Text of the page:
In February 2009, I attended a seminar held by Shatil, on Building Evaluation Capacity (ECB). The speaker was Jean King from the University of Minnesota. Jean, an excellent speaker and workshop leader, shared with seminar participants the rationale, skills needed and challenges to ECB.

Experience shows that many organizations are evaluating their programs on an ongoing basis, but are not doing so in a systematic manner. By building evaluation capacity, we can put those efforts into context and achieve maximum benefit from work we are already doing.

Of particular interest, was the Interactive Evaluation Quotient that Jean presented. This diagram highlights how when program leaders and staff take the lead in evaluation, evaluation findings lead to high involvement in decision making and implementation, while when evaluation is evaluator led, there is a lower level of involvement.

By building evaluation capacity within organizations we create the capacity to sustain change.

In my work as a fundraising consultant, I often find that organizations claim that they are too busy even to think about evaluation, yet, without the ability to demonstrate their impact and effectiveness they are seriously hampering their abilities to develop resources. If building evaluation capacity is part of how we build programs, evaluation does not have to be an added burden but rather part of the way we think and work. The evaluator does not have to be an outsider, but rather becomes part of the team, helping to define the ways in which the organization operates.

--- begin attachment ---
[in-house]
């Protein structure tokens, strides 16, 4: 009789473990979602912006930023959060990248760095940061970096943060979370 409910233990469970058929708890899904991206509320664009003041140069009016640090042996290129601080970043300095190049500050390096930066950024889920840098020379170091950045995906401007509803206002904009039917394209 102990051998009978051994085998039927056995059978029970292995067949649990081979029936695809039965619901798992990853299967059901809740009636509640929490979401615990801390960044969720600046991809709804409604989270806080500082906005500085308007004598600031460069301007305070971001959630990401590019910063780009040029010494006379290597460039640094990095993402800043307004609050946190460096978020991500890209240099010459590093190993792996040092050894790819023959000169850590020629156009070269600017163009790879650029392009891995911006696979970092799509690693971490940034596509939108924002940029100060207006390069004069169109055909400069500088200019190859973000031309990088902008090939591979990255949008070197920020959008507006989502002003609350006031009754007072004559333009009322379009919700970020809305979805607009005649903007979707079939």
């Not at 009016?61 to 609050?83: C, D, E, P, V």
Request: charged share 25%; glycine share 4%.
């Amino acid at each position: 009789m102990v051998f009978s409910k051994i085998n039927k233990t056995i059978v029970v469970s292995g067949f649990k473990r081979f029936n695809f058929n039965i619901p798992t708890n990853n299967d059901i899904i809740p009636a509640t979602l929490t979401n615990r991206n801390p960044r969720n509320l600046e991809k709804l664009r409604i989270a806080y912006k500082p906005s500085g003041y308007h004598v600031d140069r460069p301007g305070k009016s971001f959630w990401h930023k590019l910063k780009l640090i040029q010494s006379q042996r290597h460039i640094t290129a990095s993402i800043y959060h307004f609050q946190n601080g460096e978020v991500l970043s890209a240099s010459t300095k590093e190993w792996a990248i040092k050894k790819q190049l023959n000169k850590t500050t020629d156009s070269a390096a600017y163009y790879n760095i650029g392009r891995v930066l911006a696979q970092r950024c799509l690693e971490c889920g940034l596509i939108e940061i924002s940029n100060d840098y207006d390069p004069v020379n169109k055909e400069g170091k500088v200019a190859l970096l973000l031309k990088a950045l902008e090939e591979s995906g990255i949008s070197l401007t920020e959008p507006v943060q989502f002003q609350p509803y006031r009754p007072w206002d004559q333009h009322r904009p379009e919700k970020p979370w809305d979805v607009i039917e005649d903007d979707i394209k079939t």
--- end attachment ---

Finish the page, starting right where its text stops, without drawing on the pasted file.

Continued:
By building evaluation in as part of the process, questions by funders and others about what is success and how we are measuring impact become part of the organization lexicon. Even the fact that the organization thinks about these terms usually creates an impression; it also helps demonstrate how an individual program contributes to the overall mission of the organization.

I think the key to building evaluation capacity is in finding a qualified evaluator who we feel comfortable with and who can advise the organization on an ongoing basis. True evaluation is an ongoing process.